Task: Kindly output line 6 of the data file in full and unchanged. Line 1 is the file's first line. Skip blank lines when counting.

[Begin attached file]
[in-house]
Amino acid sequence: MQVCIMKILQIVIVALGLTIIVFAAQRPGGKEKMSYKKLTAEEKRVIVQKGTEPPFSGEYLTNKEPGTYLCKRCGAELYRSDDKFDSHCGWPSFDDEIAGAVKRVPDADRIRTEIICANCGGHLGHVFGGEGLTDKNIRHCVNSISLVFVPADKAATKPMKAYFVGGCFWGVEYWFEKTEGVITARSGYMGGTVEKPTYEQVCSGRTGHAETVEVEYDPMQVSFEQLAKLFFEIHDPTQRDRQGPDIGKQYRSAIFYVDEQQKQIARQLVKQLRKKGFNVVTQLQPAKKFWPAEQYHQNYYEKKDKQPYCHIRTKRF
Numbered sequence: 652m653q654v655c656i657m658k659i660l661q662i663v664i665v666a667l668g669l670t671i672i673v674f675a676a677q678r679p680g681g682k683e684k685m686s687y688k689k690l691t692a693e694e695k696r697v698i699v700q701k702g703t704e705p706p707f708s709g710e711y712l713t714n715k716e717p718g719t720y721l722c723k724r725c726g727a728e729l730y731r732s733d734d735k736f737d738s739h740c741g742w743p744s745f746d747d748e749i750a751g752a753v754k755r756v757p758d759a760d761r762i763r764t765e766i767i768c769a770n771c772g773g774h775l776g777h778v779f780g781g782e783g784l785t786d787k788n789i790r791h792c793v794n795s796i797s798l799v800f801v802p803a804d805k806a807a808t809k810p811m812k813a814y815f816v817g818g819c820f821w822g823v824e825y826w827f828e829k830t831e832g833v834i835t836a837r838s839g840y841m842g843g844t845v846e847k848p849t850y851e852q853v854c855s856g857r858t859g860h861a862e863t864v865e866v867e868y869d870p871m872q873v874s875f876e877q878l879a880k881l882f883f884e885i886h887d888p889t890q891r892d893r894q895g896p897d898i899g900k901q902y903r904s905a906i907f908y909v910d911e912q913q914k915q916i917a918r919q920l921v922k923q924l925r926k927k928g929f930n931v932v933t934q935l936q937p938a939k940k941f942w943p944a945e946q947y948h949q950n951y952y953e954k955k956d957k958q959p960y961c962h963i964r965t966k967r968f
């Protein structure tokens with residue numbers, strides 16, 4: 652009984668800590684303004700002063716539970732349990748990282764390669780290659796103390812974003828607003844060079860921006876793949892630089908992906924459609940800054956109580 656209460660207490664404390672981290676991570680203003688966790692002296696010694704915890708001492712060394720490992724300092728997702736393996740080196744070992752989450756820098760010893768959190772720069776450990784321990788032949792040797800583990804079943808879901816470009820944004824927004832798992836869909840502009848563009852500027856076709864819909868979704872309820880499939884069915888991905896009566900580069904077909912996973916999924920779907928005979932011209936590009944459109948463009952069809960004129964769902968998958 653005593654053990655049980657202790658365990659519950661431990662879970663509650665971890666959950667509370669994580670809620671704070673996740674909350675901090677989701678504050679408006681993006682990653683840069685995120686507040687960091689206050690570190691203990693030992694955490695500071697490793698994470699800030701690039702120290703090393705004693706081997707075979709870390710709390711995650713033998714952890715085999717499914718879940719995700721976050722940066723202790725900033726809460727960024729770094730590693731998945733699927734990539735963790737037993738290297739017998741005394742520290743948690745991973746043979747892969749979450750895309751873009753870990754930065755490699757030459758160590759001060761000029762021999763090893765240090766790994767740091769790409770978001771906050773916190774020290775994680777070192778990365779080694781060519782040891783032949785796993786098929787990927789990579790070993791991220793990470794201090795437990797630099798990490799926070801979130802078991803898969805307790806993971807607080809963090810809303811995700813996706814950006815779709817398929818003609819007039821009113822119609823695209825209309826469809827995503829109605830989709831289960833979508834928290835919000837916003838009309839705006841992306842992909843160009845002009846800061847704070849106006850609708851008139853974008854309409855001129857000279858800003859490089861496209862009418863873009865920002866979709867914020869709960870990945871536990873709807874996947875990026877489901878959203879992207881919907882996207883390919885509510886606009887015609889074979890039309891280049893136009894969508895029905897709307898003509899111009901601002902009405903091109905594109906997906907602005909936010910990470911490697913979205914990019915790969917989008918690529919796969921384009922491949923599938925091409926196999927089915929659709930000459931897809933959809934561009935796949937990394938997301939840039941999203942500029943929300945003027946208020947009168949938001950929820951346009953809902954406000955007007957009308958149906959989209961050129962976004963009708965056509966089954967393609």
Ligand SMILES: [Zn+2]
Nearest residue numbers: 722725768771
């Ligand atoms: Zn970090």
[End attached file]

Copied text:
Nearest residue numbers: 722725768771